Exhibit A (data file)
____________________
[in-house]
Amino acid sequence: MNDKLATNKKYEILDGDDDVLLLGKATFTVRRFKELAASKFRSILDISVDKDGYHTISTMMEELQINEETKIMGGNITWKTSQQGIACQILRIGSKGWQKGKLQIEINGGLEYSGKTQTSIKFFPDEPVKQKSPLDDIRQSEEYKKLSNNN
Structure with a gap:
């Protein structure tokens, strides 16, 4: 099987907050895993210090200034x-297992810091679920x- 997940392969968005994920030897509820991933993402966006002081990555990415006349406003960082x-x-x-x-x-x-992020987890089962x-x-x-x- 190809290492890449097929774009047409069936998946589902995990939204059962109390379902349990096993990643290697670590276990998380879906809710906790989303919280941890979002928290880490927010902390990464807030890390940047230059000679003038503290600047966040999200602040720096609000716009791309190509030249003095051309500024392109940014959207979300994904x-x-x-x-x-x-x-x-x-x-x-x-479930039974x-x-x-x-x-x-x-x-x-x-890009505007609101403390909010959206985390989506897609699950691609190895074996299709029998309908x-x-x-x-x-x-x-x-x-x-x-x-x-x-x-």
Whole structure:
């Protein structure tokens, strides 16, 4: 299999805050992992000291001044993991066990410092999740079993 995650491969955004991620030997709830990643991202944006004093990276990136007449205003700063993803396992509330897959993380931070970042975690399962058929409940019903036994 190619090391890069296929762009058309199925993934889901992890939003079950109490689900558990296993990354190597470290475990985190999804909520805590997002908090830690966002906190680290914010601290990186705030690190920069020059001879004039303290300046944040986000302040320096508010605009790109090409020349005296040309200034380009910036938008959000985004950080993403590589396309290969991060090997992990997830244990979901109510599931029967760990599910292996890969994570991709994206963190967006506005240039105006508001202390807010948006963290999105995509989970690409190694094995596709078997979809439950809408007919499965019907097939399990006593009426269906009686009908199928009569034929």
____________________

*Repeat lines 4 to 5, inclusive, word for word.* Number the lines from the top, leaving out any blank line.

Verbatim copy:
């Protein structure tokens, strides 16, 4: 099987907050895993210090200034x-297992810091679920x- 997940392969968005994920030897509820991933993402966006002081990555990415006349406003960082x-x-x-x-x-x-992020987890089962x-x-x-x- 190809290492890449097929774009047409069936998946589902995990939204059962109390379902349990096993990643290697670590276990998380879906809710906790989303919280941890979002928290880490927010902390990464807030890390940047230059000679003038503290600047966040999200602040720096609000716009791309190509030249003095051309500024392109940014959207979300994904x-x-x-x-x-x-x-x-x-x-x-x-479930039974x-x-x-x-x-x-x-x-x-x-890009505007609101403390909010959206985390989506897609699950691609190895074996299709029998309908x-x-x-x-x-x-x-x-x-x-x-x-x-x-x-």
Whole structure: